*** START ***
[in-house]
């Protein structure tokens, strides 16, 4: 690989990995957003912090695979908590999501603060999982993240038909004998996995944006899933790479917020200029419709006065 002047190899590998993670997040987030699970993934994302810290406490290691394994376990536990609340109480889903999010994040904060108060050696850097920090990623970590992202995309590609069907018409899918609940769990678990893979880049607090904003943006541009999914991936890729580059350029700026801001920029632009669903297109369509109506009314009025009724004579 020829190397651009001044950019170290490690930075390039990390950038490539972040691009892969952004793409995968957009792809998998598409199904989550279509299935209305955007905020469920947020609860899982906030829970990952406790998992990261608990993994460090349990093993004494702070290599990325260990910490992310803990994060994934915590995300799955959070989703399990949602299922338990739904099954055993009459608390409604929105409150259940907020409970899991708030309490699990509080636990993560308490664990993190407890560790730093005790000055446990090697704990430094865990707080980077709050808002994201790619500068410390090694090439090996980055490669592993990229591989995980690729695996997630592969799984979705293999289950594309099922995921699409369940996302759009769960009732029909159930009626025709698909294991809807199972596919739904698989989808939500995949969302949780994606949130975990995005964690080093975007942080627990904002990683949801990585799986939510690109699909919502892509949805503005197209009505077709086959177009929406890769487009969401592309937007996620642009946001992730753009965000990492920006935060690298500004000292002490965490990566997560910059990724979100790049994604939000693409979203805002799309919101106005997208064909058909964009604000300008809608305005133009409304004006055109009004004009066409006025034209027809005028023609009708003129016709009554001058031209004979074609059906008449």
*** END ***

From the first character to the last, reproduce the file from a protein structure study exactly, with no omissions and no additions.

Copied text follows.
[in-house]
């Protein structure tokens, strides 16, 4: 690989990995957003912090695979908590999501603060999982993240038909004998996995944006899933790479917020200029419709006065 002047190899590998993670997040987030699970993934994302810290406490290691394994376990536990609340109480889903999010994040904060108060050696850097920090990623970590992202995309590609069907018409899918609940769990678990893979880049607090904003943006541009999914991936890729580059350029700026801001920029632009669903297109369509109506009314009025009724004579 020829190397651009001044950019170290490690930075390039990390950038490539972040691009892969952004793409995968957009792809998998598409199904989550279509299935209305955007905020469920947020609860899982906030829970990952406790998992990261608990993994460090349990093993004494702070290599990325260990910490992310803990994060994934915590995300799955959070989703399990949602299922338990739904099954055993009459608390409604929105409150259940907020409970899991708030309490699990509080636990993560308490664990993190407890560790730093005790000055446990090697704990430094865990707080980077709050808002994201790619500068410390090694090439090996980055490669592993990229591989995980690729695996997630592969799984979705293999289950594309099922995921699409369940996302759009769960009732029909159930009626025709698909294991809807199972596919739904698989989808939500995949969302949780994606949130975990995005964690080093975007942080627990904002990683949801990585799986939510690109699909919502892509949805503005197209009505077709086959177009929406890769487009969401592309937007996620642009946001992730753009965000990492920006935060690298500004000292002490965490990566997560910059990724979100790049994604939000693409979203805002799309919101106005997208064909058909964009604000300008809608305005133009409304004006055109009004004009066409006025034209027809005028023609009708003129016709009554001058031209004979074609059906008449």